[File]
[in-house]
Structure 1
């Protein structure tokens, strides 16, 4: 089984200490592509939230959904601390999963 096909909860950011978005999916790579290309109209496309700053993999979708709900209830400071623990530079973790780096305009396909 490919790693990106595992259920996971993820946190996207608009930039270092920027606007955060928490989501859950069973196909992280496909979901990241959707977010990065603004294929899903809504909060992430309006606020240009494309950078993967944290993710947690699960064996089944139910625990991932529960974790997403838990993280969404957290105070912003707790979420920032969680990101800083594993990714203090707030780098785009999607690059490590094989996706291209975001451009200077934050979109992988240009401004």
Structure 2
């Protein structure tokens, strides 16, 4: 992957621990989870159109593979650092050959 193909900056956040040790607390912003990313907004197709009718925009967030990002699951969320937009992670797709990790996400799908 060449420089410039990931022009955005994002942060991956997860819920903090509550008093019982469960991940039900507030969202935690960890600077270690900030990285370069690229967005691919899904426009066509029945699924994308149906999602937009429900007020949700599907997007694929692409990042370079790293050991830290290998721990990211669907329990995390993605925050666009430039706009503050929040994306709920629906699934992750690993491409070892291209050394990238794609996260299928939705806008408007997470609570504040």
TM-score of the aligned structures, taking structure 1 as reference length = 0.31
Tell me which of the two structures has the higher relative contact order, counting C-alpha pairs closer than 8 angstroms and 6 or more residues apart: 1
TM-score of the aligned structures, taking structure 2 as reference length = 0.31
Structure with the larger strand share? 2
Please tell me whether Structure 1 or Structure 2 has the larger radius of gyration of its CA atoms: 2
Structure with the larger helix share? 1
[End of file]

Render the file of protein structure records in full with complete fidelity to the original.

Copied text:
[in-house]
Structure 1
């Protein structure tokens, strides 16, 4: 089984200490592509939230959904601390999963 096909909860950011978005999916790579290309109209496309700053993999979708709900209830400071623990530079973790780096305009396909 490919790693990106595992259920996971993820946190996207608009930039270092920027606007955060928490989501859950069973196909992280496909979901990241959707977010990065603004294929899903809504909060992430309006606020240009494309950078993967944290993710947690699960064996089944139910625990991932529960974790997403838990993280969404957290105070912003707790979420920032969680990101800083594993990714203090707030780098785009999607690059490590094989996706291209975001451009200077934050979109992988240009401004």
Structure 2
């Protein structure tokens, strides 16, 4: 992957621990989870159109593979650092050959 193909900056956040040790607390912003990313907004197709009718925009967030990002699951969320937009992670797709990790996400799908 060449420089410039990931022009955005994002942060991956997860819920903090509550008093019982469960991940039900507030969202935690960890600077270690900030990285370069690229967005691919899904426009066509029945699924994308149906999602937009429900007020949700599907997007694929692409990042370079790293050991830290290998721990990211669907329990995390993605925050666009430039706009503050929040994306709920629906699934992750690993491409070892291209050394990238794609996260299928939705806008408007997470609570504040």
TM-score of the aligned structures, taking structure 1 as reference length = 0.31
Tell me which of the two structures has the higher relative contact order, counting C-alpha pairs closer than 8 angstroms and 6 or more residues apart: 1
TM-score of the aligned structures, taking structure 2 as reference length = 0.31
Structure with the larger strand share? 2
Please tell me whether Structure 1 or Structure 2 has the larger radius of gyration of its CA atoms: 2
Structure with the larger helix share? 1